IMG_5867 Video was something which became a bit of a theme, started by Sophie Rayers, director of marketing at Brightcove.  She spoke about the benefits of utilising video, how to make them more engaging, using user generated content and how businesses like clothing companies and financial services are using video differently.  Video was something Paul McCrudden from Twitter also spoke about, talking about the company’s live streaming Periscope app and how its authenticity means it doesn’t need to be glossy, keeping costs down, which is particularly useful for smaller businesses.  He also spoke about linking into social media influencers;

    “Most celebrities are household names; we are handheld names. People take their phones everywhere” – Simone Shepherd.

    One of my favourite talks was from Amy Hobson, partner at Social B.  Amy’s talk was realistic and practical and gave some really good insights for smaller organisations that might not be able to do it all.  She started off explaining how social media relates to and links back to traditional marketing, something which I think is often confusing for people not confident with digital communications.  Asking people what “success looks like for you” she was able to explain simple but effective ways to manage and collect useful information from social media interactions.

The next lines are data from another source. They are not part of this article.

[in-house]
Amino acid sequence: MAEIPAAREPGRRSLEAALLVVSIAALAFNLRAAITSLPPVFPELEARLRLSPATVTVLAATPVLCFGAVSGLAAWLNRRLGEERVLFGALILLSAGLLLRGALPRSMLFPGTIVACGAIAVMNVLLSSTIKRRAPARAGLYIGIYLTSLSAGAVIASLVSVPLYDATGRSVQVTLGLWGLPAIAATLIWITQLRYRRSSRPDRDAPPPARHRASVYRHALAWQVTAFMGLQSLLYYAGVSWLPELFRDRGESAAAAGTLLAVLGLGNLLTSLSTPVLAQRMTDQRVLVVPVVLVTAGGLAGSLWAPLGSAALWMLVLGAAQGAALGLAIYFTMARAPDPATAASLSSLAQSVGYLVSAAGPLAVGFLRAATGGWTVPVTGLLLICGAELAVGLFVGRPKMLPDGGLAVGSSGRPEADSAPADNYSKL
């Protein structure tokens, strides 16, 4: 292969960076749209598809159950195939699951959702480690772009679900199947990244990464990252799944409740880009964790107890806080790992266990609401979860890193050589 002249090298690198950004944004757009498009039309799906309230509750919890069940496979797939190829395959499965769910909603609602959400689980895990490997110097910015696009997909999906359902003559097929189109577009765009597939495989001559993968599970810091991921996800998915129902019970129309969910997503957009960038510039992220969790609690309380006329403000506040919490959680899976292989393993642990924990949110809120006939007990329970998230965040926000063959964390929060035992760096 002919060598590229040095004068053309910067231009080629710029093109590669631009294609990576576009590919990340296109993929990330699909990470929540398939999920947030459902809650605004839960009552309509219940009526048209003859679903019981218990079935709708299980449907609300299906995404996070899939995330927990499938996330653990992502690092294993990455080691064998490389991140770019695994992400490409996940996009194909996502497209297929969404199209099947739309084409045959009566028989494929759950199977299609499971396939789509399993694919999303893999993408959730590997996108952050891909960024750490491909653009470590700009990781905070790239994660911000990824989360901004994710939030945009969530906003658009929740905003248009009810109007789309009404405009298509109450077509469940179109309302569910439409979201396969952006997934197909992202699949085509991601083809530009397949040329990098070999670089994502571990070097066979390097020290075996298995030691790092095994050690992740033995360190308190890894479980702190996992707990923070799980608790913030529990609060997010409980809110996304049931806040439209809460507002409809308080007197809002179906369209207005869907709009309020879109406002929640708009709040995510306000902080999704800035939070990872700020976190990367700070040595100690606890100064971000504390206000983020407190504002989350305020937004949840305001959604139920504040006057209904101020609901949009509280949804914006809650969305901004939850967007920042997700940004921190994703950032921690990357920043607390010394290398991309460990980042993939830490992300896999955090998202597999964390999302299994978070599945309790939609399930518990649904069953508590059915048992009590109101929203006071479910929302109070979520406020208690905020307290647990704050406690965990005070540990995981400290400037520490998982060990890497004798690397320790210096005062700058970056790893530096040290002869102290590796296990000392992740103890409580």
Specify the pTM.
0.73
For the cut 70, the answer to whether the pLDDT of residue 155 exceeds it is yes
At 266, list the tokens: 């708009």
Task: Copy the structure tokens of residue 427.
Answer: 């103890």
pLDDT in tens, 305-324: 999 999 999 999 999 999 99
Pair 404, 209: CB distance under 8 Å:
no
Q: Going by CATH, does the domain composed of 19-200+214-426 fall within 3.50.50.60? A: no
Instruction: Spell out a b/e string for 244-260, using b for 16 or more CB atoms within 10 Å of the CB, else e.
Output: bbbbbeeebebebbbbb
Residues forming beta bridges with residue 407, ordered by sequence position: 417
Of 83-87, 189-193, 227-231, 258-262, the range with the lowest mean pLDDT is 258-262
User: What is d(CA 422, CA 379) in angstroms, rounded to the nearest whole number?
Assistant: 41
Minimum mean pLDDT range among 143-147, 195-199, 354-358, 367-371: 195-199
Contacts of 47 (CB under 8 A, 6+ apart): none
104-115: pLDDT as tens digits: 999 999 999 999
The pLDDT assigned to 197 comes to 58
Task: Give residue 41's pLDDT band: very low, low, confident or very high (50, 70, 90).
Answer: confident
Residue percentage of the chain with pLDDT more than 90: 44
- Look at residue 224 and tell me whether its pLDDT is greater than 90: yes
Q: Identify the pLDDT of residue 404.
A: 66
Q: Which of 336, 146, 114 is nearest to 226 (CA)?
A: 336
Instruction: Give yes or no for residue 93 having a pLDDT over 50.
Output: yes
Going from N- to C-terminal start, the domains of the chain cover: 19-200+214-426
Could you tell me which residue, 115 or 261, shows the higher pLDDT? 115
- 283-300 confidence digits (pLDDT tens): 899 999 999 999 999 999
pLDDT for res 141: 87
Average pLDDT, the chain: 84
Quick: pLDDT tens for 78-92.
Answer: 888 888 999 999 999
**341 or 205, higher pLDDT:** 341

IMG_5874 Simon Jenner, founder of Urban Coffee Company spoke about the evolution of coffee companies in Birmingham but how Urban had experimented with technology to drive forward their business.  He spoke about how they had been prepared to experiment with a number of ideas, some of which worked and some of which didn’t, but the importance of realising that some experiments might seem like a failure but that they might be a case of wrong timing.  He also spoke about how Urban would like to use data to help drive forward the business and whilst a number of the other organisation are large national or international businesses, it was good to hear how smaller businesses could utilise digital communication innovations.  Another local speaker, Justice Williams, also spoke about the importance of authenticity, looking at how a number of women are leveraging digital to create successful businesses that give them the freedom to work for themselves whilst utilising their content and retaining their authenticity.